Fourth-Year Orientation Prepares Students for Clinical Practice in KZN Hospitals
UKZN’s fourth-year Medical students will spend the final three-years of the MBChB Programme training at a selection of teaching hospitals in KwaZulu-Natal.
School of Clinical Medicine (SCM) Dean and Head, Professor Richard Hift, welcomed the fourth-year class of 2015 to the clinical phase of their medical degrees, encouraging them to set a high standard for themselves in order to make the most of “on-the-job learning”.
Hift said at no point during the clinical years could students afford to be slack because then they would be setting themselves up to be mediocre.
‘Work very hard,’ Hift advised. ‘It’s not cool to get 52% in clinical medicine. Nobody wants to be treated by a doctor who graduated with 50% from medical school.’
Hift explained that while it was one thing to arrive 15 minutes late to a lecture, it was another to arrive 15 minutes late at the hospital ward when patients were waiting.
‘The next three years are all about developing healthy habits of becoming a professional,’ he said, stressing it was now a priority that students aim to become the most reliable and trustworthy doctors they could be for the sake of their patents.
‘South Africa needs students who have been trained to be fit-for-purpose.’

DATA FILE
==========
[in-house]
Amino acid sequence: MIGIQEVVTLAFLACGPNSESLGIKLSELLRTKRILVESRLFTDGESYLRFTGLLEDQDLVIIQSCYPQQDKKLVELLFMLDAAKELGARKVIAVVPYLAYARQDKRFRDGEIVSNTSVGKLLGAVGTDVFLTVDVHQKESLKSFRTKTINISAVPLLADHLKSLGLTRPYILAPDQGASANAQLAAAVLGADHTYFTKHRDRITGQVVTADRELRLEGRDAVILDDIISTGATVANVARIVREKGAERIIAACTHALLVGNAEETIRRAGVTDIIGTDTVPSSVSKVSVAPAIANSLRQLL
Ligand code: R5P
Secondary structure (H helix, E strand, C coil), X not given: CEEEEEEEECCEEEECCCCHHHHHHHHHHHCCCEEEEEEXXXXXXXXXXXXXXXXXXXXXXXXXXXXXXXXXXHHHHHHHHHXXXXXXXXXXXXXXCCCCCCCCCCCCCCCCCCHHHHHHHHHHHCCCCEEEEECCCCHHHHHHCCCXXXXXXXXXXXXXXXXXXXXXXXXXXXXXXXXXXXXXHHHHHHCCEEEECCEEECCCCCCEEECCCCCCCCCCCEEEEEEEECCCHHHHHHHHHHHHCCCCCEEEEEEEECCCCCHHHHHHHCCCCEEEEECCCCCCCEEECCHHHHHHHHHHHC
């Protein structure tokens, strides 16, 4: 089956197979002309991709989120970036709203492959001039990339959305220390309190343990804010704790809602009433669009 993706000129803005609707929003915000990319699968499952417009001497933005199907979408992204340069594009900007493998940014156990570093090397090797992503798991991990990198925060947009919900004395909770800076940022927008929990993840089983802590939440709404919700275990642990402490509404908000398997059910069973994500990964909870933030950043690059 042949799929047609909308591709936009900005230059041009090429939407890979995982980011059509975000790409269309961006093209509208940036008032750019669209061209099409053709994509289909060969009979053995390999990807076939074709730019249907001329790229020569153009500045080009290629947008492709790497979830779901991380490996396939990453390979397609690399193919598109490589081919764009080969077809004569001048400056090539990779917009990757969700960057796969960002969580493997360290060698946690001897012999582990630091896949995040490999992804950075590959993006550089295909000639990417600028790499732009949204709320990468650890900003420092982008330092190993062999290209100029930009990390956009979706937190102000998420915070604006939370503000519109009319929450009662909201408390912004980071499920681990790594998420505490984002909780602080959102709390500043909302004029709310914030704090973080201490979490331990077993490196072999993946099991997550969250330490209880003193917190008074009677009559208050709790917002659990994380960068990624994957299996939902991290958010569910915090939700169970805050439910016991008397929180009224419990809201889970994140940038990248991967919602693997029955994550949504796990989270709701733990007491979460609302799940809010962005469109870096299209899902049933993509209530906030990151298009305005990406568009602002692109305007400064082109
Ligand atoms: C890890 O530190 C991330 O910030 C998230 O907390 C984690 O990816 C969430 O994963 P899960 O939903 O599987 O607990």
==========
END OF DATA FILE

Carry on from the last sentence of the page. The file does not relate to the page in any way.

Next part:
He said UKZN’s medical curriculum recently underwent radical changes which positioned the MBChB graduates as the best equipped to service the country’s healthcare needs.
As part of the extensive Orientation Programme, the students heard from Surgery Department Head, Professor Thandinkosi Madiba, who described medical doctors as professionals having the community’s special trust and respect.
Madiba said a true professional remained a student forever; keeping abreast of current practices, hard at work and always aware that the world was looking at their conduct.
Senior student Ms Asanda Xolzwa shared her experiences in clinical practice with the auditorium and encouraged the students to treat every patient as if they were a member of their own family.
Academic Mentor from 2010 to 2014, Mr Mtusi Setshego, told students about the benefits of enrolling for the Academic Mentoring Programme which is offered to help students through the demanding medical curriculum.
SCM Operations Manager, Mrs Antoinette Botha, wished the students well in the final years of their journey and introduced them to various UKZN administration and hospital staff who would help guide them through clinical training.
The event was followed by another Orientation Day for fifth-year students who look forward to their final year in the MBChB programme in 2016.